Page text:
1. Keep current 9th-12th-grade HPHS configuration.
2. Purchase land adjacent to HPHS.
3. Build the HPHS campus to fit size and instructional needs.
4. Build appropriate parking.
5. Build appropriate athletic facilities.
6. Avoid relocation of any athletic facility, except for the aquatic center. If necessary, prioritize by student-athlete and coach impact.

The presentation included pros and cons of each option, and Kelly said the final con — “Land purchase and acquisition is a challenge” — is an understatement, of course. But, he added, “That’s the way that we don’t compromise what we have to do.”

Of the other options, the most favorable was moving the natatorium, for several reasons:

1. Kelly said the space the natatorium occupies could be converted into 26 much-needed classrooms.
2. The swimming and diving program involves fewer than 60 athletes, minimizing the number of students who would have to be transported off-site for practice during the school day. For comparison’s sake, the football program involved 585 students last season, and 631 are expected to participate next fall.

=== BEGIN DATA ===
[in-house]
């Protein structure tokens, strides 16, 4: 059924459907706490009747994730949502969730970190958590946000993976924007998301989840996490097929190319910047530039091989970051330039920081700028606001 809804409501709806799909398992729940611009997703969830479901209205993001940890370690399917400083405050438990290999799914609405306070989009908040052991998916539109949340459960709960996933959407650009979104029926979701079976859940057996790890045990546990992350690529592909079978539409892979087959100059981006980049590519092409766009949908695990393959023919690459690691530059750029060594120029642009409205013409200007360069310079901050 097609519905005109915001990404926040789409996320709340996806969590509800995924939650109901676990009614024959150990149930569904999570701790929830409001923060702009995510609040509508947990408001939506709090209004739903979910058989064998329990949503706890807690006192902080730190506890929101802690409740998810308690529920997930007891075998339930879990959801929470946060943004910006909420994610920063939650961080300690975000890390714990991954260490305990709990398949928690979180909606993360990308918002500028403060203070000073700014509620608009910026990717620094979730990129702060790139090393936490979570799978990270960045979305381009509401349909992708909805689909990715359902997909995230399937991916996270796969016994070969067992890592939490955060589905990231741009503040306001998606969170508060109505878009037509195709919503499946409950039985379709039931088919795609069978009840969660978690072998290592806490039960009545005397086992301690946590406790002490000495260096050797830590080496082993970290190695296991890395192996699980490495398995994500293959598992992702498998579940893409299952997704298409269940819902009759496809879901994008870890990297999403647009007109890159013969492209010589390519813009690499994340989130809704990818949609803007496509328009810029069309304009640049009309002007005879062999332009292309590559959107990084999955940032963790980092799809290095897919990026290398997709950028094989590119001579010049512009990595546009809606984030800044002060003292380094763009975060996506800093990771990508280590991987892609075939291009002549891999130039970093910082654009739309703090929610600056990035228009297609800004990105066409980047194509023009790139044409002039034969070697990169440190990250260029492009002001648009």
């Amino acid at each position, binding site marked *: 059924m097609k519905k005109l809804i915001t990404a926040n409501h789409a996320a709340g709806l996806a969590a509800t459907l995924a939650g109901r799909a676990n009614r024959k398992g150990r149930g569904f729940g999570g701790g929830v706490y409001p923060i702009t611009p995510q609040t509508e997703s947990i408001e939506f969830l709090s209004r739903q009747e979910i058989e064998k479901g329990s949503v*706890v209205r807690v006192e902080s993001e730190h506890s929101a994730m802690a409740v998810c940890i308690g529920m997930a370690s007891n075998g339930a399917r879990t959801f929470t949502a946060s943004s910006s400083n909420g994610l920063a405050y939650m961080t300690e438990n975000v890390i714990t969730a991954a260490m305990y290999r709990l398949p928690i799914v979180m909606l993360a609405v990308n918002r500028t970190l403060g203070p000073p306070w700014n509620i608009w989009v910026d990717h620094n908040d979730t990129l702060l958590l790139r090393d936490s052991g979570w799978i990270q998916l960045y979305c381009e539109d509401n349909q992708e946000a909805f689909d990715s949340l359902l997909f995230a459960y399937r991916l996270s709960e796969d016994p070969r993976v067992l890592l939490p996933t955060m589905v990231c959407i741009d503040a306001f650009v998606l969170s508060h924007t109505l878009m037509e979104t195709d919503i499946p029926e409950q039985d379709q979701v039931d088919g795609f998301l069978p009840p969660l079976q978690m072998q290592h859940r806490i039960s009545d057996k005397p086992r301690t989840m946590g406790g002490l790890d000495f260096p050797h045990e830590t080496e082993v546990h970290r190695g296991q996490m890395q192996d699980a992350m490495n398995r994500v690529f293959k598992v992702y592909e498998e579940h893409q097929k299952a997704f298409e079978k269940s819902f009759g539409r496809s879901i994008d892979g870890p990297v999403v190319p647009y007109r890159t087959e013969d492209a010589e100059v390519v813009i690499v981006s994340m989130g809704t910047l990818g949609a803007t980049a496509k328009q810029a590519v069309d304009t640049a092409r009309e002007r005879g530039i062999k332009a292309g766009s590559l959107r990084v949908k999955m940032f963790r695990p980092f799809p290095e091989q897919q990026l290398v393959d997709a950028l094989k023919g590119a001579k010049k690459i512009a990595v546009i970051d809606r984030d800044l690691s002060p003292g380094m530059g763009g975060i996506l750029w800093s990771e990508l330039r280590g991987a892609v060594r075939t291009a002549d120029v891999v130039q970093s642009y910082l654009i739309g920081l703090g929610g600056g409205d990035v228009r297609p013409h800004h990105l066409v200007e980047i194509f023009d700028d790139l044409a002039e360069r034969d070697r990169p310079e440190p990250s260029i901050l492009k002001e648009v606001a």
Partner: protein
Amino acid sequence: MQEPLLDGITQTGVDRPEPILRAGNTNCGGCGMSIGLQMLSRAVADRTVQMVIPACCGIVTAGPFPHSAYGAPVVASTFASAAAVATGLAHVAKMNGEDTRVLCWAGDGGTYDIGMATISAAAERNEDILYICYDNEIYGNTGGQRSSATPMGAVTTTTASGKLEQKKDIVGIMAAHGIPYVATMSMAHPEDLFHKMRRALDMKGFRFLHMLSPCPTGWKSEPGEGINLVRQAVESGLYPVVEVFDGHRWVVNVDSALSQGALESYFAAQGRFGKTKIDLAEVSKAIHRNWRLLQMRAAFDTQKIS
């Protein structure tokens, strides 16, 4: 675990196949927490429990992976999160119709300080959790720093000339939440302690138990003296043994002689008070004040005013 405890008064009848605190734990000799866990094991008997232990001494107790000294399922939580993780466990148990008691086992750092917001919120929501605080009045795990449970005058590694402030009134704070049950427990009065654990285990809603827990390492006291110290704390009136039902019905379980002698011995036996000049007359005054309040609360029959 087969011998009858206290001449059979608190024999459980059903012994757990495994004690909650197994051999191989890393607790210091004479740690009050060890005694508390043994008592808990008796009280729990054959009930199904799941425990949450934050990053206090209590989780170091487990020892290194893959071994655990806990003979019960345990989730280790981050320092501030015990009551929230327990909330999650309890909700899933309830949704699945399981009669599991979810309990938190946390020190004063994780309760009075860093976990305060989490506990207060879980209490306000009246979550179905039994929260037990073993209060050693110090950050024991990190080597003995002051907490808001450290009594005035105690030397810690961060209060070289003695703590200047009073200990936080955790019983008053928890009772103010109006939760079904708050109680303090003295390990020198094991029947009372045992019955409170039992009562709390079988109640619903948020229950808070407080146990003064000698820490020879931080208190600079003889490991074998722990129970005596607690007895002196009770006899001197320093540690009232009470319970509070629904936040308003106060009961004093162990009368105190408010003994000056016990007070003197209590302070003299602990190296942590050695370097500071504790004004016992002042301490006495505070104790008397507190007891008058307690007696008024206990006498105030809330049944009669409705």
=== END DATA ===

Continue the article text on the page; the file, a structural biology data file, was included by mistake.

3. The swimming and diving program has only two coaches. If the district moves any athletic facility away from the high school, the involved coaches would not be available to teach in the periods preceding or following practice time, because of travel considerations. Taking two swim coaches out of the scheduling equation would be easier than removing, say, 20 football coaches.

The options presented by Ringo and Kelly are not mutually exclusive. If the district also rebuilt Highlander Stadium with a track — a feature that the current version lacks — students in the track-and-field program (181 this year) wouldn’t have to travel to Germany Park to practice. And the space currently occupied by Highlander could be devoted to an expansion of the high school.